High-performance genetically targetable optical neural silencing by light-driven proton pumps

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Chow, B. Y.*, Han, X.*, Dobry, A. S., Qian, X., Chuong, A. S., Li, M., Henninger, M. A., Belfort, G. M., Lin, Y., Monahan, P. E., Boyden, E. S. (2010) High-performance genetically targetable optical neural silencing by light- driven proton pumps, Nature 463:98-102. (* co-first authors)

The ability to silence the activity of genetically specified neurons in a temporally precise fashion would provide the opportunity to investigate the causal role of specific cell classes in neural computations, behaviours and pathologies. Here we show that members of the class of light-driven outward proton pumps can mediate powerful, safe, multiple-colour silencing of neural activity. The gene archaerhodopsin-3 (Arch) from Halorubrum sodomense enables near-100% silencing of neurons in the awake brain when virally expressed in the mouse cortex and illuminated with yellow light. Arch mediates currents of several hundred picoamps at low light powers, and supports neural silencing currents approaching 900 pA at light powers easily achievable in vivo. Furthermore, Arch spontaneously recovers from light-dependent inactivation, unlike light-driven chloride pumps that enter long-lasting inactive states in response to light. These properties of Arch are appropriate to mediate the optical silencing of significant brain volumes over behaviourally relevant timescales. Arch function in neurons is well tolerated because pH excursions created by Arch illumination are minimized by self-limiting mechanisms to levels comparable to those mediated by channelrhodopsins or natural spike firing. To highlight how proton pump ecological and genomic diversity may support new innovation, we show that the blue–green light-drivable proton pump from the fungus Leptosphaeria maculans (Mac) can, when expressed in neurons, enable neural silencing by blue light, thus enabling alongside other developed reagents the potential for independent silencing of two neural populations by blue versus red light. Light-driven proton pumps thus represent a high-performance and extremely versatile class of ‘optogenetic’ voltage and ion modulator, which will broadly enable new neuroscientific, biological, neurological and psychiatric investigations.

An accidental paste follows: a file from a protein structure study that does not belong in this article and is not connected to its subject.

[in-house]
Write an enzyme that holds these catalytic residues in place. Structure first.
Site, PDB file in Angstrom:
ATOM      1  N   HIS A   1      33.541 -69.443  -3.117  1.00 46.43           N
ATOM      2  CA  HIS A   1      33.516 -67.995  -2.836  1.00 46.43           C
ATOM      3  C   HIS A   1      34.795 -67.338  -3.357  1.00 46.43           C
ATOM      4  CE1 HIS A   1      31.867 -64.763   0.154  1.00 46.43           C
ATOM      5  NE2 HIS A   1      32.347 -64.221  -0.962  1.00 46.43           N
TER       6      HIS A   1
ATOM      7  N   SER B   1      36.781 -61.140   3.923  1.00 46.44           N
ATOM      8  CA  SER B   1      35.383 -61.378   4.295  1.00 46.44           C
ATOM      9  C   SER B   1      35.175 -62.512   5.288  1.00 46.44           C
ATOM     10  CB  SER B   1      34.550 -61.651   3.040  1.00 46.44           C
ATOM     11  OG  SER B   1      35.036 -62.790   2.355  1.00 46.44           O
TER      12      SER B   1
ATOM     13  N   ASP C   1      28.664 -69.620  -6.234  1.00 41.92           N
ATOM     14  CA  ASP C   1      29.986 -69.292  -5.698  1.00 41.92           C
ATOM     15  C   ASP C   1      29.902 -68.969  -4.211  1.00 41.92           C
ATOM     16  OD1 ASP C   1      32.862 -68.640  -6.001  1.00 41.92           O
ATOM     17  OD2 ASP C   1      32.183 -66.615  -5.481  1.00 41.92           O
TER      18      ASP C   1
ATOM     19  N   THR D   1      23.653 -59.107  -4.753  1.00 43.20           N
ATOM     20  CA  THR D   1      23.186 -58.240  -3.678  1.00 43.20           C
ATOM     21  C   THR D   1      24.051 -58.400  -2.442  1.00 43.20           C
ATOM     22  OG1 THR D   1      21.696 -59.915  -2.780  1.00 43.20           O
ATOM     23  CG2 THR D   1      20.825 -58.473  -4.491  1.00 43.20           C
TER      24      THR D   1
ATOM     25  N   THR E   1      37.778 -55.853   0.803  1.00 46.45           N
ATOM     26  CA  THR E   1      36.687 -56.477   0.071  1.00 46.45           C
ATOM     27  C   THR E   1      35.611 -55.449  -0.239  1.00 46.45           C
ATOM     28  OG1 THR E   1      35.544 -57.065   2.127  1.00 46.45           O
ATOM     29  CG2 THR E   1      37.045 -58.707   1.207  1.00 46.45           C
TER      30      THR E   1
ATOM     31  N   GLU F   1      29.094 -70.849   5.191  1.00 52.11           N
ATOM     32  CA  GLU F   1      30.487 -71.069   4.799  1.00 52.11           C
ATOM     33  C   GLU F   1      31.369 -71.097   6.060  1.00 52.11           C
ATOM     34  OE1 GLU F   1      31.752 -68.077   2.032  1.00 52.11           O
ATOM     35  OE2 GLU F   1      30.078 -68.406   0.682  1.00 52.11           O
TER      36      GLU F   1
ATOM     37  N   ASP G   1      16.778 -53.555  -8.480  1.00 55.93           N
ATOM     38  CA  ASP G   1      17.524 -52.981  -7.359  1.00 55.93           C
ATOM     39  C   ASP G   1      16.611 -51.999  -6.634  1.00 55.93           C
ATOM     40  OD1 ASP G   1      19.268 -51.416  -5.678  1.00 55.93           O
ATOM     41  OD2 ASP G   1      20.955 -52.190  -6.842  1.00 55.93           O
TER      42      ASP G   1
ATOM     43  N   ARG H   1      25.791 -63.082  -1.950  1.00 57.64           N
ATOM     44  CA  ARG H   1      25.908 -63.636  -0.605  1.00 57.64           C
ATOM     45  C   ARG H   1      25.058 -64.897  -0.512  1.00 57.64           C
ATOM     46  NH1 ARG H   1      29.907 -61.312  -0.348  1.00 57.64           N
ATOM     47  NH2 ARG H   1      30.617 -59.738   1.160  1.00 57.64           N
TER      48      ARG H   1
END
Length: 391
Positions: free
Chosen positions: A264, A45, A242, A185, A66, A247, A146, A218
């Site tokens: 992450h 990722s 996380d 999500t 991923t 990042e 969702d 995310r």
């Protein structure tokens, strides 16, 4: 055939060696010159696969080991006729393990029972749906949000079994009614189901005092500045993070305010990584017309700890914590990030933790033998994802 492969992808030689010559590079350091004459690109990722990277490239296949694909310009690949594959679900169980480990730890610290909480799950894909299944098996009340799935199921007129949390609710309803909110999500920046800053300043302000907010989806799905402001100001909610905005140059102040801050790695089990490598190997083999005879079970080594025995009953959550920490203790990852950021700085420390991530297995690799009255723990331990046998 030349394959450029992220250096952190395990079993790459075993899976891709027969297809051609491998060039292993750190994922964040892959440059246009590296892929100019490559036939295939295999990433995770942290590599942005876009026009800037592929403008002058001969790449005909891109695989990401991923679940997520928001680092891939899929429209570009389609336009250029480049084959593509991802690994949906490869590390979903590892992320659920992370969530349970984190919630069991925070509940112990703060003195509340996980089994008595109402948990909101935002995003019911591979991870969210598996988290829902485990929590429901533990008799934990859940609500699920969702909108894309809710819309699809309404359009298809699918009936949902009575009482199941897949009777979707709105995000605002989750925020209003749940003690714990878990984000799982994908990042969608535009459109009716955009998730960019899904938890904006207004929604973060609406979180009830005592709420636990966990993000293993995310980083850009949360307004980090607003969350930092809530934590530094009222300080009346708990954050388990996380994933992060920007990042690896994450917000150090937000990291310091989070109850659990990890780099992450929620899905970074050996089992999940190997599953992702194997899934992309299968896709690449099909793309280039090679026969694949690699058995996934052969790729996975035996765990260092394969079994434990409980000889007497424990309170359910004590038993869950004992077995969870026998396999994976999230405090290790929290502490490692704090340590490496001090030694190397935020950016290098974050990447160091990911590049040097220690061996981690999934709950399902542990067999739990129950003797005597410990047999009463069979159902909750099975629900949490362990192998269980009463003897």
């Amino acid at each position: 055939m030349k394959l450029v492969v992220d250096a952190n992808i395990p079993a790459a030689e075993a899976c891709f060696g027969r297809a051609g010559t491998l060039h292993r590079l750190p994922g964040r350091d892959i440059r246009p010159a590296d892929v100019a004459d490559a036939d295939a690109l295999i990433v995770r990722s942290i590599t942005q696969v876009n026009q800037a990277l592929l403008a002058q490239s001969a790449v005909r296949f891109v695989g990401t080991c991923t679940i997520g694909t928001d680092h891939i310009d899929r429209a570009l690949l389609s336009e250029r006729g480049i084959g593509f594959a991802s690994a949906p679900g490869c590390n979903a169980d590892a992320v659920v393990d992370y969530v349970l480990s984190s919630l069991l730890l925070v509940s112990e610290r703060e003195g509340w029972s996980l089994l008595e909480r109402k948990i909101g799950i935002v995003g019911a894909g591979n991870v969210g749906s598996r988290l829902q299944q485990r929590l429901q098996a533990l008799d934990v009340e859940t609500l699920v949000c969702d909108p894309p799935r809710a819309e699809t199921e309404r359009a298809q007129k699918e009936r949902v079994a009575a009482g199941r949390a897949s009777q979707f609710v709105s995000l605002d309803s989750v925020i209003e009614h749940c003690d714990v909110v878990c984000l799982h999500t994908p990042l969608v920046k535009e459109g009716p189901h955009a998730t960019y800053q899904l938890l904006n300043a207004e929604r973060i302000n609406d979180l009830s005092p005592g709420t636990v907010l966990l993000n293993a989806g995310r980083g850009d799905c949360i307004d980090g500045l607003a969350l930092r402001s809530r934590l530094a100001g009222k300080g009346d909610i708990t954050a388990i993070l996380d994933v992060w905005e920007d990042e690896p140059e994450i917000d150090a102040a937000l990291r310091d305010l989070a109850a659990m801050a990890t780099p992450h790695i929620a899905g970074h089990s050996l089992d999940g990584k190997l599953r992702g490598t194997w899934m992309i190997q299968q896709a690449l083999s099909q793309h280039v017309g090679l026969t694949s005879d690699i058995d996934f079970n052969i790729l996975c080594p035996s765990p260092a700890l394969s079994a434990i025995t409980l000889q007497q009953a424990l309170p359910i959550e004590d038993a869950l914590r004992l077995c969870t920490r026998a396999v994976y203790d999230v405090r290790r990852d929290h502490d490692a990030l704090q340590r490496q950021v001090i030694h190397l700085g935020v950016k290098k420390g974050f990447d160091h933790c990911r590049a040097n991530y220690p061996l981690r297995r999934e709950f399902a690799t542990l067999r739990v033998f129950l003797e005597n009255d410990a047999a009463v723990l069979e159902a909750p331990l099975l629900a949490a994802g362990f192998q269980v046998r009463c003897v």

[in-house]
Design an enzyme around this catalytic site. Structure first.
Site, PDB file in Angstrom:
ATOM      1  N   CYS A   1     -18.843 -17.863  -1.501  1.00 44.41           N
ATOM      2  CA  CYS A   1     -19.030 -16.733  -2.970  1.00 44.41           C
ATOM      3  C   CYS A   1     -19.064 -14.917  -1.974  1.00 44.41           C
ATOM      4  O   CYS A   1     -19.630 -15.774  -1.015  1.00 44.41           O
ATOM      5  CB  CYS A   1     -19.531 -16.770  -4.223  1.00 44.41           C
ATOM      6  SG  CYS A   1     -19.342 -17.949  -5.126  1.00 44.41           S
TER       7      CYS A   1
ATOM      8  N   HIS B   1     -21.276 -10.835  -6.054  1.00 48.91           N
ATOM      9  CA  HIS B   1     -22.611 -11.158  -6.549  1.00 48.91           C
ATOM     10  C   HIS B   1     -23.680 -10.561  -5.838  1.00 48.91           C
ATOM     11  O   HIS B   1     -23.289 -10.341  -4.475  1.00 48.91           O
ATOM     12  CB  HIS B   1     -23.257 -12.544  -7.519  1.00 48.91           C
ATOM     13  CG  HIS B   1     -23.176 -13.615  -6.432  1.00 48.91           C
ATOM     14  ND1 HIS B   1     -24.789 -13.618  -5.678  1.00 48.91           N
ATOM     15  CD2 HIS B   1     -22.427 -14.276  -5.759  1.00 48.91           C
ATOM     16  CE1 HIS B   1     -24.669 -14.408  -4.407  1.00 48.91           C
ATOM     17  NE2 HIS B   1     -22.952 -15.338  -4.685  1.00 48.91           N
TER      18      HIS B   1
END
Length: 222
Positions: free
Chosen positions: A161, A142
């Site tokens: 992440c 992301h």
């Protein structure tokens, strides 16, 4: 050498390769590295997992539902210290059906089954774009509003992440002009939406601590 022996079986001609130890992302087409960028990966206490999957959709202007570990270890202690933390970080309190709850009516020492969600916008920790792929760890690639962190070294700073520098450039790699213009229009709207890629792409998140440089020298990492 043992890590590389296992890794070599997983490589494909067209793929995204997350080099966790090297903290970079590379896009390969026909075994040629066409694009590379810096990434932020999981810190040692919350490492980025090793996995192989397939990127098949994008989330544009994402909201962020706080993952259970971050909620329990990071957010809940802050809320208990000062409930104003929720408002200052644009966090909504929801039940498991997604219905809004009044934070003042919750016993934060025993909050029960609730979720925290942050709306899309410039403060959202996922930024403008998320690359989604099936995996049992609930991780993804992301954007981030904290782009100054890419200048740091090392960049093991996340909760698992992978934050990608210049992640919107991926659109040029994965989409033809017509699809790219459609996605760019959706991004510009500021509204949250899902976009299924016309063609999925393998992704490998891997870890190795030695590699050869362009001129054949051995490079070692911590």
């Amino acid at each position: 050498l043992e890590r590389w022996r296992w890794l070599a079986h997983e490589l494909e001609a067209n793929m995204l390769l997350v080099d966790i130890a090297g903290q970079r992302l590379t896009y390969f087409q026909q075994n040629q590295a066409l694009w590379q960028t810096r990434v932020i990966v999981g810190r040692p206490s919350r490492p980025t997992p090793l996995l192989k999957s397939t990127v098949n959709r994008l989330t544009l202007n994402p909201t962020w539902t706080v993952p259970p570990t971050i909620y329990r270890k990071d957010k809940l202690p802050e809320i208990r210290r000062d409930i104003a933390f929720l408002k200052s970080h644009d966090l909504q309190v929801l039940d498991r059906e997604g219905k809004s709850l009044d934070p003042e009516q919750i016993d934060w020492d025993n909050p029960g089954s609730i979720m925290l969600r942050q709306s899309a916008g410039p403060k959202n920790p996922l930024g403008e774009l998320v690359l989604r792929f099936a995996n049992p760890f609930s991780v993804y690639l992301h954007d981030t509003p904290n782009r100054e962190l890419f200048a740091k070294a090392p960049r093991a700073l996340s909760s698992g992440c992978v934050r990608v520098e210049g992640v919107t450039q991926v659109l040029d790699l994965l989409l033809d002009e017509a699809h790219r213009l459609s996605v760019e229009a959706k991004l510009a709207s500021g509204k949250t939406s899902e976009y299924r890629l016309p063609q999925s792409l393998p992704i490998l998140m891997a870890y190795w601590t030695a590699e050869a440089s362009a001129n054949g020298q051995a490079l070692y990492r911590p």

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[Arch: Archaerhodopsin-3 from H. sodomense]
[Mac: opsin from L. maculans]